The Hang Seng Index was down 0.77 per cent or 168.87 points to 21,851.88 on Monday morning session close.
Shares in Hong Kong and mainland China declined at the mi-day trading pause, following retreats in most Asian equity markets as rate increases announced last week by the US Federal Reserve and Hong Kong Monetary Authority lead to capital outflow back to American shores.
“With the higher rates in US,Hong Kong stocks could be under pressure as capital could flow out of Hong Kong ,” said Ben Kwong Man-bun, executive director of KGI Asia.
Insurers led losses among Chinese companies on the Hang Seng China Enterprises Index, amid concerns that mainland regulators will further place their market investments under scrutiny.
Ping An Insurance Group Co. fell 1.7 per cent to a four-month low of HK$39.75 while AIA Group Ltd fell 1.5 per cent to HK$43.75.
China Vanke Co. fell in Shenzhen and Hong Kong after the country’s largest property developer scrapped a white knight rescue plan involving Shenzhen Metro, which was intended to help defend it from a hostile takeover.
Vanke shares fell by as much as 6.3 per cent, closing 4.5 per cent lower at HK$18.48 during the lunch pause. In Shenzhen, Vanke’s shares fell as much as 5.3 per cent, dropping 4.7 per cent to 21.40 yuan.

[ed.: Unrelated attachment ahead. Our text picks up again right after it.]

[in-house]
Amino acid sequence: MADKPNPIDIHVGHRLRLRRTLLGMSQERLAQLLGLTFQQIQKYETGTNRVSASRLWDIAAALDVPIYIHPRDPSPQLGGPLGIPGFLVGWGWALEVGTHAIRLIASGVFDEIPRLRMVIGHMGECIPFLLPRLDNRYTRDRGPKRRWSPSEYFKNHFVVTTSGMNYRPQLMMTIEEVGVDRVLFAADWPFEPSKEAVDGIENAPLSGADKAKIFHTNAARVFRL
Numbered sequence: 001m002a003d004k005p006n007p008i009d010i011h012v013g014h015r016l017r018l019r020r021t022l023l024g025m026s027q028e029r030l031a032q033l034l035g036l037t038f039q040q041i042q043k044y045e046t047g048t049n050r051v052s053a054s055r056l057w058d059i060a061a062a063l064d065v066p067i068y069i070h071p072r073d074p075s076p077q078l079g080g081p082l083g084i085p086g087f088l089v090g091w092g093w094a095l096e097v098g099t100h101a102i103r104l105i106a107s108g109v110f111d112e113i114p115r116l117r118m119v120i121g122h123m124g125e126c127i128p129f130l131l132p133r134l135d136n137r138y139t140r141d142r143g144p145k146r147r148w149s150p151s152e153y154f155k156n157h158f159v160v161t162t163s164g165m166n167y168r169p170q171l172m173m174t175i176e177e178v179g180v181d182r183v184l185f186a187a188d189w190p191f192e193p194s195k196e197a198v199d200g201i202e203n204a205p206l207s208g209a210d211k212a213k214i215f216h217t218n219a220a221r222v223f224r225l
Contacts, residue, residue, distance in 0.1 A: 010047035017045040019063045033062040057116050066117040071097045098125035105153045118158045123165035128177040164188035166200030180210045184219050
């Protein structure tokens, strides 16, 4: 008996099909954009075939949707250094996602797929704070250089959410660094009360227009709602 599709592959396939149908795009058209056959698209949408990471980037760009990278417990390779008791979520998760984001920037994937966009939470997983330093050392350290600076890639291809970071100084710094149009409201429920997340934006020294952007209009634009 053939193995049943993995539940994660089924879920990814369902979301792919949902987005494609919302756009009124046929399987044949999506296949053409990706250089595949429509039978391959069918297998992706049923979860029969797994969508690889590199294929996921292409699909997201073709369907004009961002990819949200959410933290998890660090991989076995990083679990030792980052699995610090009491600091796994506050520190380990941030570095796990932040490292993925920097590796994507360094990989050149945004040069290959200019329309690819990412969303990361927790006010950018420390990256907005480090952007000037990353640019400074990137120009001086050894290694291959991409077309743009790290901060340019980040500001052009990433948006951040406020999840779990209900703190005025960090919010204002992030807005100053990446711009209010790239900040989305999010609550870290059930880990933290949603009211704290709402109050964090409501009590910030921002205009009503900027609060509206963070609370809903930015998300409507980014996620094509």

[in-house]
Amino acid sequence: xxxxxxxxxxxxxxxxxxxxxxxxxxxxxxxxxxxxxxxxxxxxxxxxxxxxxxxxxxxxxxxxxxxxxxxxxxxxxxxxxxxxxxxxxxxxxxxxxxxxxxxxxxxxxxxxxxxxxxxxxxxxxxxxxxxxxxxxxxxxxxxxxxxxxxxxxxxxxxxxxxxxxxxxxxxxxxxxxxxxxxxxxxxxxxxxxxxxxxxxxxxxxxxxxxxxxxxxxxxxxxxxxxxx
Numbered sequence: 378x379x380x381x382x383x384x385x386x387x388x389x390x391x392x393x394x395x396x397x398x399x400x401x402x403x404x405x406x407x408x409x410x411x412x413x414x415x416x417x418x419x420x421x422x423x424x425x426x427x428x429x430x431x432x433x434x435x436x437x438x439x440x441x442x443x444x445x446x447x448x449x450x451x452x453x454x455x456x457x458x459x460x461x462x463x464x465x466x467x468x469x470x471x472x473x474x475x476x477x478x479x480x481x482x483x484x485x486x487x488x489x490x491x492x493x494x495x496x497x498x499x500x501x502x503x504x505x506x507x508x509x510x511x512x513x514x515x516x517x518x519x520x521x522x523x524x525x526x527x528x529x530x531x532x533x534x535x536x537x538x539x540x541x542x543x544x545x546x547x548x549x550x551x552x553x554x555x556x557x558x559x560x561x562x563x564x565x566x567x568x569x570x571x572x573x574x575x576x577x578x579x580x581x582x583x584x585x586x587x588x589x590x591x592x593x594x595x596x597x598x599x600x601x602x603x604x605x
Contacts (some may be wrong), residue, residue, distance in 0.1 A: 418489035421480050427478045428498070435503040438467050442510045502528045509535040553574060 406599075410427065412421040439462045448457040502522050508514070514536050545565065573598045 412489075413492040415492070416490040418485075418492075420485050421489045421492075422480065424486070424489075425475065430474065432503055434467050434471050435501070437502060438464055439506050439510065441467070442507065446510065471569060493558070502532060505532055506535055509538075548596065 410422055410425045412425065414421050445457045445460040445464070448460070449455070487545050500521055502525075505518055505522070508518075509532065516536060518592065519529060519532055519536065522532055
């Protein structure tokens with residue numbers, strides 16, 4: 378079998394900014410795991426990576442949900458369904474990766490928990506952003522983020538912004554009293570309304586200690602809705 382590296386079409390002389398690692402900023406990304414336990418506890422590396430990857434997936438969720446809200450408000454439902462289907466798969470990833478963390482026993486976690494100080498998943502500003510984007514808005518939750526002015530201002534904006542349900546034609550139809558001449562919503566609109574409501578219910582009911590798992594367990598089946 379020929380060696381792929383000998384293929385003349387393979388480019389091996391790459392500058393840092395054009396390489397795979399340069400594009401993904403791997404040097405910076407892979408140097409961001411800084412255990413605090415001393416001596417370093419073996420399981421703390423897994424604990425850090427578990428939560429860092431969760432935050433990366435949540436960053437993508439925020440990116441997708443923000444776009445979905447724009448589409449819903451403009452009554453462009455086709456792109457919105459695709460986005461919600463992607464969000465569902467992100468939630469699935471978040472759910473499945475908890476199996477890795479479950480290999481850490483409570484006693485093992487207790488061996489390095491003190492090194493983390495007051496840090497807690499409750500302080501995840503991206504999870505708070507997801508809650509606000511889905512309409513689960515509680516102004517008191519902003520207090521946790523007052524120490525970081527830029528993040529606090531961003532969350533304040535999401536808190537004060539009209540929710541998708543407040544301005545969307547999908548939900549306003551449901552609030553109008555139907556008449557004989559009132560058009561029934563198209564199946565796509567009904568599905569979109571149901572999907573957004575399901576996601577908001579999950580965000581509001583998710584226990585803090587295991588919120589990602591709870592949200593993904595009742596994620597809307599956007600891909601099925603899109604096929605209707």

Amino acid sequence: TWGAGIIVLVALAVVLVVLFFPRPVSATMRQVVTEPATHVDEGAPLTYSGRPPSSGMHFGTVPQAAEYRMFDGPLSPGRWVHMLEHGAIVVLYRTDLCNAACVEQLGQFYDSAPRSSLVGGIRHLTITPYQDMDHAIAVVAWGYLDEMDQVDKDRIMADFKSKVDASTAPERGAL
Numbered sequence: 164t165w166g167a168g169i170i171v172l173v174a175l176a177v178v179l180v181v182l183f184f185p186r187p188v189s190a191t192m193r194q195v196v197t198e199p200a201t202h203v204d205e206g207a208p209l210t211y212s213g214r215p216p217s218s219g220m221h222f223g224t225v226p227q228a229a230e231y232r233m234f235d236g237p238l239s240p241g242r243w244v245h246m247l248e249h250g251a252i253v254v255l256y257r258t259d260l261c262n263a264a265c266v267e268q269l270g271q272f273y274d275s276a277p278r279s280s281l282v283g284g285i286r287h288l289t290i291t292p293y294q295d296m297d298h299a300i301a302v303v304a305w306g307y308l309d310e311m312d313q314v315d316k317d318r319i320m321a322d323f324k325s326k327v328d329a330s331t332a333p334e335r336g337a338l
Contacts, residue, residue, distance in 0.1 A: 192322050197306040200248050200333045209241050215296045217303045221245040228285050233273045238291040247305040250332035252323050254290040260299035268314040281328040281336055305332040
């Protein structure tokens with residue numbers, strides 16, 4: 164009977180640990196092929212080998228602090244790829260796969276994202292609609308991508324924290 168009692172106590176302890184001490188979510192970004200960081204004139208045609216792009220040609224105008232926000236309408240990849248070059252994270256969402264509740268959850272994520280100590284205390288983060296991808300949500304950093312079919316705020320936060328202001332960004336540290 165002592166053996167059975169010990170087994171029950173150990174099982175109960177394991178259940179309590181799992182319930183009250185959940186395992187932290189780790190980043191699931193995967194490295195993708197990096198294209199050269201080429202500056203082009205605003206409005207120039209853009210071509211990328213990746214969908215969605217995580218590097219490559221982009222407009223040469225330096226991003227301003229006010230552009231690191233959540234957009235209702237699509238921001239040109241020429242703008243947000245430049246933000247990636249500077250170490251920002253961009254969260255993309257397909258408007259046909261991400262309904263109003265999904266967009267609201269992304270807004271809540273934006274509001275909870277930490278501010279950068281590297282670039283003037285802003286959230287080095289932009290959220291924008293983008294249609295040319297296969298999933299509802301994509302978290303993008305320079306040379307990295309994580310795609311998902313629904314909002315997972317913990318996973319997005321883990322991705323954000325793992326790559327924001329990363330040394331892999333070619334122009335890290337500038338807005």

The Shanghai Composite Index dropped 0.1 per cent to 3,119.65. The Shenzhen Component index dropped 0.26 to 10,307.48, while the Shenzhen Composite Index declined 0.21 per cent to 1,987.49.
The Nasdaq style ChiNext closed 0.60 per cent lower at 1,986.22.
China’s monetary policy will be pursued in a “neutral” manner in the coming year, a departure from last year’s “flexible” stance, according to an analysis by Macquarie Capital’s Larry Hu, parsing the Communist Party’s Central Economic Work Conference last Friday. Read the rest of this entry »
She even made more money speaking to UBS and Goldman Sachs than her husband Bill did.